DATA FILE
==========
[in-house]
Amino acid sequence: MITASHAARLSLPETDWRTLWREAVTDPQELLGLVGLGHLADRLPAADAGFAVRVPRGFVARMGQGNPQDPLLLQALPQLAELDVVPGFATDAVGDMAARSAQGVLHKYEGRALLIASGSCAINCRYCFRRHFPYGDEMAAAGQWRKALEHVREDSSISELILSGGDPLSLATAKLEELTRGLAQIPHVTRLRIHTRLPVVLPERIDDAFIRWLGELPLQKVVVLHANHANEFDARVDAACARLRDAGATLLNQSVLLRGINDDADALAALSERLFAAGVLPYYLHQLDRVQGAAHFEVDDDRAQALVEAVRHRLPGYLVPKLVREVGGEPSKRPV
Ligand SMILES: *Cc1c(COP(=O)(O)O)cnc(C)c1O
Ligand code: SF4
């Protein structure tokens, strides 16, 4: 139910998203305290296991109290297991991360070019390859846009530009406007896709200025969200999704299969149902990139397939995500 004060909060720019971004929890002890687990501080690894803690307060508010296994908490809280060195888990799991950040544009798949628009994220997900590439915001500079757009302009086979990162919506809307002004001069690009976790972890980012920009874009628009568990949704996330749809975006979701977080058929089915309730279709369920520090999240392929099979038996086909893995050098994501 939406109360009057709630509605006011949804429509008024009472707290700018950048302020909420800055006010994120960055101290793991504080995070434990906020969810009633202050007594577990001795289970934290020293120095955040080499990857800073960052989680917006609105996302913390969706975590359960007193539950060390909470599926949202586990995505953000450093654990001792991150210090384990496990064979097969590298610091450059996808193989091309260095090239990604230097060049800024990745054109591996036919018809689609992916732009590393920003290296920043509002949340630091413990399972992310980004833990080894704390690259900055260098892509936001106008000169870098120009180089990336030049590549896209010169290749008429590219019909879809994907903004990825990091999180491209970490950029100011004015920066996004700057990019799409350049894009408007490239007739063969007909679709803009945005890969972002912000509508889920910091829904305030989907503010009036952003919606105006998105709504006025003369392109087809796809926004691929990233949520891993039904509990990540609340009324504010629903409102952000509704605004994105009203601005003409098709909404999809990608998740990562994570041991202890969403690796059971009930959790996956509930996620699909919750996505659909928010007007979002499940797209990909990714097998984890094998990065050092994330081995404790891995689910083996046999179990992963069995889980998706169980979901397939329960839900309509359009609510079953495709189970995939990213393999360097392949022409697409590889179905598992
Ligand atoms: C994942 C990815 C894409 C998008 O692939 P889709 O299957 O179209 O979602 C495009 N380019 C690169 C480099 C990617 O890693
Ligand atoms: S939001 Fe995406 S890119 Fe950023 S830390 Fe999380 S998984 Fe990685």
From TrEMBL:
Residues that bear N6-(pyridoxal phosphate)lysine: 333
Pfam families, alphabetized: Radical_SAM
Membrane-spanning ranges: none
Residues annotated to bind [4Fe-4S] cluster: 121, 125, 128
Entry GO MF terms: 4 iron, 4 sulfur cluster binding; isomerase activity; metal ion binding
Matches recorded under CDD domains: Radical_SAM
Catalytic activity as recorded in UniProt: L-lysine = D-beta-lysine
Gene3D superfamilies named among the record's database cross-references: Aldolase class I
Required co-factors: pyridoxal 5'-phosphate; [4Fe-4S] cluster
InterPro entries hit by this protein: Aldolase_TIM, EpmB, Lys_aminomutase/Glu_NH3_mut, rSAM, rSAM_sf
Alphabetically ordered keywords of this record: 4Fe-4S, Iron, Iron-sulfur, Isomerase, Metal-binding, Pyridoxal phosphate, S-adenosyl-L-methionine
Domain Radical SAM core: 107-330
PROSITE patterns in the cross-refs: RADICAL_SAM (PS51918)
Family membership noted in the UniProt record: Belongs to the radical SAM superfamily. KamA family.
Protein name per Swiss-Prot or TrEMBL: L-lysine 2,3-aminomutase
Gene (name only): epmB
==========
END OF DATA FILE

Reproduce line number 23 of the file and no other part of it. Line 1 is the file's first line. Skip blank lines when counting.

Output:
Protein name per Swiss-Prot or TrEMBL: L-lysine 2,3-aminomutase